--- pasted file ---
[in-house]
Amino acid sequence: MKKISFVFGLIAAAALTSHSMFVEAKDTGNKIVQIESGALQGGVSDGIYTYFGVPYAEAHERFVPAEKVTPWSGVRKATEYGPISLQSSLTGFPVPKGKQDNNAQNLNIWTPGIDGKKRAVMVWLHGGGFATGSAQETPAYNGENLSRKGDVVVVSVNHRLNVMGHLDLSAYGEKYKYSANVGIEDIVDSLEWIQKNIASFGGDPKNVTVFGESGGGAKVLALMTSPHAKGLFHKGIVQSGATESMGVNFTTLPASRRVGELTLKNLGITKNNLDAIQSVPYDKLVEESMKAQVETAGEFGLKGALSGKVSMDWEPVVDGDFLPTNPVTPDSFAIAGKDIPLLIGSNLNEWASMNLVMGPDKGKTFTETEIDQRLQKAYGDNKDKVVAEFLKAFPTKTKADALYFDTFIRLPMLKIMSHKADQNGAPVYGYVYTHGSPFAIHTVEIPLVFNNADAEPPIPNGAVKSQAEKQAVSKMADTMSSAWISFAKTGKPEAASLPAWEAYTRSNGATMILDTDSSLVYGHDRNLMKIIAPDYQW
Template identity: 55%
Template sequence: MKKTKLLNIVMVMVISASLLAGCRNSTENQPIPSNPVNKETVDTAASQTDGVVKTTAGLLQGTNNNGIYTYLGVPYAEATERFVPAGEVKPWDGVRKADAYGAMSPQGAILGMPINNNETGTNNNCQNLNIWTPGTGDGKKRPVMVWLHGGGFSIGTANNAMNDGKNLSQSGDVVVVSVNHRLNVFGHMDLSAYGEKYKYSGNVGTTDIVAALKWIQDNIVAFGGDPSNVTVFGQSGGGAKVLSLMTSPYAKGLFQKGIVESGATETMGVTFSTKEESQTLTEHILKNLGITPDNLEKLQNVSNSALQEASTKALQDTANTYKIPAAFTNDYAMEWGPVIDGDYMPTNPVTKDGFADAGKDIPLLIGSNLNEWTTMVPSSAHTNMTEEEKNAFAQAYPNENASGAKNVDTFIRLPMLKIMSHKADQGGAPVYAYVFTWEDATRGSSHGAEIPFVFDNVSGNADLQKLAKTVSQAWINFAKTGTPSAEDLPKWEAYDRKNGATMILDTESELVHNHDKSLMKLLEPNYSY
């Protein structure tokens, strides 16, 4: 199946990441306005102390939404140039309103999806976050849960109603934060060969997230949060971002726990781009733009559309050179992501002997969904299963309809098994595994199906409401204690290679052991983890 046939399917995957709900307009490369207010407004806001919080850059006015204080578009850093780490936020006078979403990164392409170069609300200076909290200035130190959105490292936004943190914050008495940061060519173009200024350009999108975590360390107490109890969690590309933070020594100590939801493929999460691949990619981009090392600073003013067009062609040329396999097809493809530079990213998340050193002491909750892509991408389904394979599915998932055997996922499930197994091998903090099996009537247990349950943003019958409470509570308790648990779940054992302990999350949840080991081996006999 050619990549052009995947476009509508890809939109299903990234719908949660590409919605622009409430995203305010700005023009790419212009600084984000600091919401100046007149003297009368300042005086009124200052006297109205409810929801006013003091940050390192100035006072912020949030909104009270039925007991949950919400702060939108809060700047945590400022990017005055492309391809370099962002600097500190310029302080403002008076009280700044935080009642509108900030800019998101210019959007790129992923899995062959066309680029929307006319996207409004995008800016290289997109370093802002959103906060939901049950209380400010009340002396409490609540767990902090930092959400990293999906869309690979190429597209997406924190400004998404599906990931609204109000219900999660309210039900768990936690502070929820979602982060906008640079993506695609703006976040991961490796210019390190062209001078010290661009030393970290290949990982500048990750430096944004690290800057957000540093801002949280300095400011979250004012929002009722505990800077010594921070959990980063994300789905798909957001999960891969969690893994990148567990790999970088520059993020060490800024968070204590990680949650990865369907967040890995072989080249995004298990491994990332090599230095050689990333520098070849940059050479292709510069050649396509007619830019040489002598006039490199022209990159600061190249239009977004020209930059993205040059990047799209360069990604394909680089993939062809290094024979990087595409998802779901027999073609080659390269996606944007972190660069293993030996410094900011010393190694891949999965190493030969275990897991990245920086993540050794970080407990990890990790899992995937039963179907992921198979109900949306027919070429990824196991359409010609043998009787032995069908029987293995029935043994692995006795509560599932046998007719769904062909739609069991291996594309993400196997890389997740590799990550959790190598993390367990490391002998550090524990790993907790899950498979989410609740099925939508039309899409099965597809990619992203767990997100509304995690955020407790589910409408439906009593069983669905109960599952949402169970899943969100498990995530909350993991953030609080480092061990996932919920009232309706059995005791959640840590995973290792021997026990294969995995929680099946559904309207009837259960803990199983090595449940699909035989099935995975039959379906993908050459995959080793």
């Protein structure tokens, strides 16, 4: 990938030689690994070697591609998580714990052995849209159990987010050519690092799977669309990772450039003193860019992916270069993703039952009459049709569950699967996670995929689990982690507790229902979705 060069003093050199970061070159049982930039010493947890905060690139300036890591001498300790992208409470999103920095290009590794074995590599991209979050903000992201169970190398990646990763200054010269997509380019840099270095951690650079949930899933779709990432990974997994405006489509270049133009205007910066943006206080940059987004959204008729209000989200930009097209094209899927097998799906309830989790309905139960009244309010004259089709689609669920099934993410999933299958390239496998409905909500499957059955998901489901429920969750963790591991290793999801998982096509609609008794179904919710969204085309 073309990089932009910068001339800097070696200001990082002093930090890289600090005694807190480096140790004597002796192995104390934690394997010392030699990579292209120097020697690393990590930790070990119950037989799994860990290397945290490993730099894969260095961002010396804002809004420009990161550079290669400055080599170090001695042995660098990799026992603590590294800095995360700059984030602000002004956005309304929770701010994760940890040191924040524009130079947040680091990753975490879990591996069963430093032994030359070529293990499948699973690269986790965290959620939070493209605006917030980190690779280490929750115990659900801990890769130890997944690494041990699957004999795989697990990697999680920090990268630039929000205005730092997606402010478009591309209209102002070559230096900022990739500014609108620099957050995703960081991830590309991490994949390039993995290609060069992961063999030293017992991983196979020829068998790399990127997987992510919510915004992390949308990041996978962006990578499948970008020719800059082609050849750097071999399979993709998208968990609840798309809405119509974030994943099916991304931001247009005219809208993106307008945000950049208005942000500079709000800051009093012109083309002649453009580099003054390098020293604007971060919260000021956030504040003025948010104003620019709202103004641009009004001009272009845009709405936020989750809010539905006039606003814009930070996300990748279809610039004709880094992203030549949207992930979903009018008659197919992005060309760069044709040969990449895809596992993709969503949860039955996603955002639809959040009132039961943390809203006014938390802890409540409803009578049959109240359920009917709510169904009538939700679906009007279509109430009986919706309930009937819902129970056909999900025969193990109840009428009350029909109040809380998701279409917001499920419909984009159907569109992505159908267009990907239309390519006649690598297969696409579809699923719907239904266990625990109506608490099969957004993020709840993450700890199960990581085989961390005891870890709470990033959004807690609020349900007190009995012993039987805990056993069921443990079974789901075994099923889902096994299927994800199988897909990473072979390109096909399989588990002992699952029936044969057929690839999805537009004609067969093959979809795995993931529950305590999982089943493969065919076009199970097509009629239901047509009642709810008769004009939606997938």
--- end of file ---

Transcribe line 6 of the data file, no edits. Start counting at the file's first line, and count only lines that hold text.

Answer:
């Protein structure tokens, strides 16, 4: 990938030689690994070697591609998580714990052995849209159990987010050519690092799977669309990772450039003193860019992916270069993703039952009459049709569950699967996670995929689990982690507790229902979705 060069003093050199970061070159049982930039010493947890905060690139300036890591001498300790992208409470999103920095290009590794074995590599991209979050903000992201169970190398990646990763200054010269997509380019840099270095951690650079949930899933779709990432990974997994405006489509270049133009205007910066943006206080940059987004959204008729209000989200930009097209094209899927097998799906309830989790309905139960009244309010004259089709689609669920099934993410999933299958390239496998409905909500499957059955998901489901429920969750963790591991290793999801998982096509609609008794179904919710969204085309 073309990089932009910068001339800097070696200001990082002093930090890289600090005694807190480096140790004597002796192995104390934690394997010392030699990579292209120097020697690393990590930790070990119950037989799994860990290397945290490993730099894969260095961002010396804002809004420009990161550079290669400055080599170090001695042995660098990799026992603590590294800095995360700059984030602000002004956005309304929770701010994760940890040191924040524009130079947040680091990753975490879990591996069963430093032994030359070529293990499948699973690269986790965290959620939070493209605006917030980190690779280490929750115990659900801990890769130890997944690494041990699957004999795989697990990697999680920090990268630039929000205005730092997606402010478009591309209209102002070559230096900022990739500014609108620099957050995703960081991830590309991490994949390039993995290609060069992961063999030293017992991983196979020829068998790399990127997987992510919510915004992390949308990041996978962006990578499948970008020719800059082609050849750097071999399979993709998208968990609840798309809405119509974030994943099916991304931001247009005219809208993106307008945000950049208005942000500079709000800051009093012109083309002649453009580099003054390098020293604007971060919260000021956030504040003025948010104003620019709202103004641009009004001009272009845009709405936020989750809010539905006039606003814009930070996300990748279809610039004709880094992203030549949207992930979903009018008659197919992005060309760069044709040969990449895809596992993709969503949860039955996603955002639809959040009132039961943390809203006014938390802890409540409803009578049959109240359920009917709510169904009538939700679906009007279509109430009986919706309930009937819902129970056909999900025969193990109840009428009350029909109040809380998701279409917001499920419909984009159907569109992505159908267009990907239309390519006649690598297969696409579809699923719907239904266990625990109506608490099969957004993020709840993450700890199960990581085989961390005891870890709470990033959004807690609020349900007190009995012993039987805990056993069921443990079974789901075994099923889902096994299927994800199988897909990473072979390109096909399989588990002992699952029936044969057929690839999805537009004609067969093959979809795995993931529950305590999982089943493969065919076009199970097509009629239901047509009642709810008769004009939606997938």